• All changes to the rules regarding loans and early distributions are at the option of the plan administrator and are not required to be adopted.
  • Bill Has Faced Backlash

    The sweeping COVID-19 relief bill has been criticized by Republicans for an array of earmarks that stray far from the stated purpose of the bill.

    PolitiFact rated “Mostly True” a claim from conservative Stand for America that the bill contains unrelated projects. Examples cited in that fact check included a $1.5 million bridge connecting New York and Canada a $100 million underground rail project in Silicon Valley $480 million for Native American language preservation and maintenance and $50 million in environmental justice grants. The bill would also raise the minimum wage to $15 an hour and change pension funding rules.

    All told, about 15% of the proposal goes to long-standing policy priorities that are not directly related to the current crisis, said the Committee for a Responsible Federal Budget, a nonpartisan, nonprofit organization formed to educate the public on federal budget issues.

    But thats a far cry from the claim here about little money going to Americans.

    The Committee for a Responsible Federal Budget analysis identified $10 billion from the bill as going to foreign affairs. Thats about one-half of 1% of the total.

    The bungled 9% figure may have been a misunderstanding of the money tied to direct COVID-19 intervention.

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    What’s In The $19 Trillion House Covid Relief Bill

    The House of Representatives is currently in the process of considering the next COVID relief bill. Nine of the 12 House committees have approved legislation. Below, we summarize the major elements of the $1.9 trillion plan.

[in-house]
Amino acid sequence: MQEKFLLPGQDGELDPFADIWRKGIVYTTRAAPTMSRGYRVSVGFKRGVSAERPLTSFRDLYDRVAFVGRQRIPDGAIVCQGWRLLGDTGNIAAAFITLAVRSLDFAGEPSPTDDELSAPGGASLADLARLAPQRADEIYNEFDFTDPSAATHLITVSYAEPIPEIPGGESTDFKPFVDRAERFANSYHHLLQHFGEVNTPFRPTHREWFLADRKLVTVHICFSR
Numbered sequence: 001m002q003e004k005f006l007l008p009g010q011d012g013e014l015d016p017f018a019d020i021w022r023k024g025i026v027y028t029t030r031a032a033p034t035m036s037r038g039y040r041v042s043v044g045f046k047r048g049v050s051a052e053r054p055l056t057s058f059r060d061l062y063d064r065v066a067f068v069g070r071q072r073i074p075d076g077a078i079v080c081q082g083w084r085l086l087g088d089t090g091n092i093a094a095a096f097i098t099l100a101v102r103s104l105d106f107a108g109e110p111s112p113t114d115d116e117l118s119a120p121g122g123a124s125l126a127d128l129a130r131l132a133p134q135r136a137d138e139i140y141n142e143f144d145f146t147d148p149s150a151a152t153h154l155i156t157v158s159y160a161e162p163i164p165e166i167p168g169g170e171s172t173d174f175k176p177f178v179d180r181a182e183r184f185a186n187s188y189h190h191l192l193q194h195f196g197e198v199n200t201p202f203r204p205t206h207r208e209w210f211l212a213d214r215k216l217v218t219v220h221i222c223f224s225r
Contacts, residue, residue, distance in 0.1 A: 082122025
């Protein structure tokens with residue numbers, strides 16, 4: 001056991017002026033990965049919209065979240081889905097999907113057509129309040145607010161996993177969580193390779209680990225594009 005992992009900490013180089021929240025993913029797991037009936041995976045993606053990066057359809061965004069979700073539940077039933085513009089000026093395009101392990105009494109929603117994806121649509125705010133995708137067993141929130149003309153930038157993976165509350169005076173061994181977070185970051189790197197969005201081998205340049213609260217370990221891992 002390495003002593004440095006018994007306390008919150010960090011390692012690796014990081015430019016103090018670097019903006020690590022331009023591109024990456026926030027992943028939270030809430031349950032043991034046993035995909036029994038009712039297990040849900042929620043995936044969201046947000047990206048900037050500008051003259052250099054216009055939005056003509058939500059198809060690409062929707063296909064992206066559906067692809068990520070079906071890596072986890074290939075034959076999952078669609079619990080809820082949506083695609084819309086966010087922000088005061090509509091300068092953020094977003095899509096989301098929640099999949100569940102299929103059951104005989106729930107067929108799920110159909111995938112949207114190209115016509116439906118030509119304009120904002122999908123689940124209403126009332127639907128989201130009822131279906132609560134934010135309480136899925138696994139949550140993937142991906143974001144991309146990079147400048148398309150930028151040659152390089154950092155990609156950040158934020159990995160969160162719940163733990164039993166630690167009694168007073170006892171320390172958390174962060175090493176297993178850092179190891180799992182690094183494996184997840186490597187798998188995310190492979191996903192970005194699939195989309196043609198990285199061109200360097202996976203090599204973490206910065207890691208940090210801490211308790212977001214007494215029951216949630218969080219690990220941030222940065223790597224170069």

This legislation is largely similar to President Biden’s “American Rescue Plan.” It contains a third round of stimulus checks, extension of enhanced unemployment benefits, additional tax credits for families and workers, funding for K-12 education, and support for state and local governments. Smaller, but-significant, expenditures include funds for COVID testing and vaccines, grants to small businesses, support for child care providers, assistance for colleges, and rental and homelessness assistance.

    A few differences exist: the House plan shortens the unemployment extension by one month and adds grants to multiemployer pensions. It also earmarks some of the small business aid for restaurants, provides grants to airlines and airports, and contains more targeted expansions to Medicaid, but does not contain cybersecurity funding.

    *The total removes $14 billion from COBRA subsidies and funding for LIHEAP that are shared between two committees and would be double-counted if summing each committee’s total.

    Committee

    Biden Celebrates Senate Bills Passage

    Whats Up With the Latest COVID Relief Bill?

    President Biden on Saturday celebrated Senates passage of the $1.9 trillion Covid relief package. It wasn’t always pretty. But it was so desperately needed, urgently needed.

    He added, This nation has suffered too much for much too long, and everything in this package is designed to relieve the suffering and to meet the most urgent needs of the nation and put us in a better position to prevail.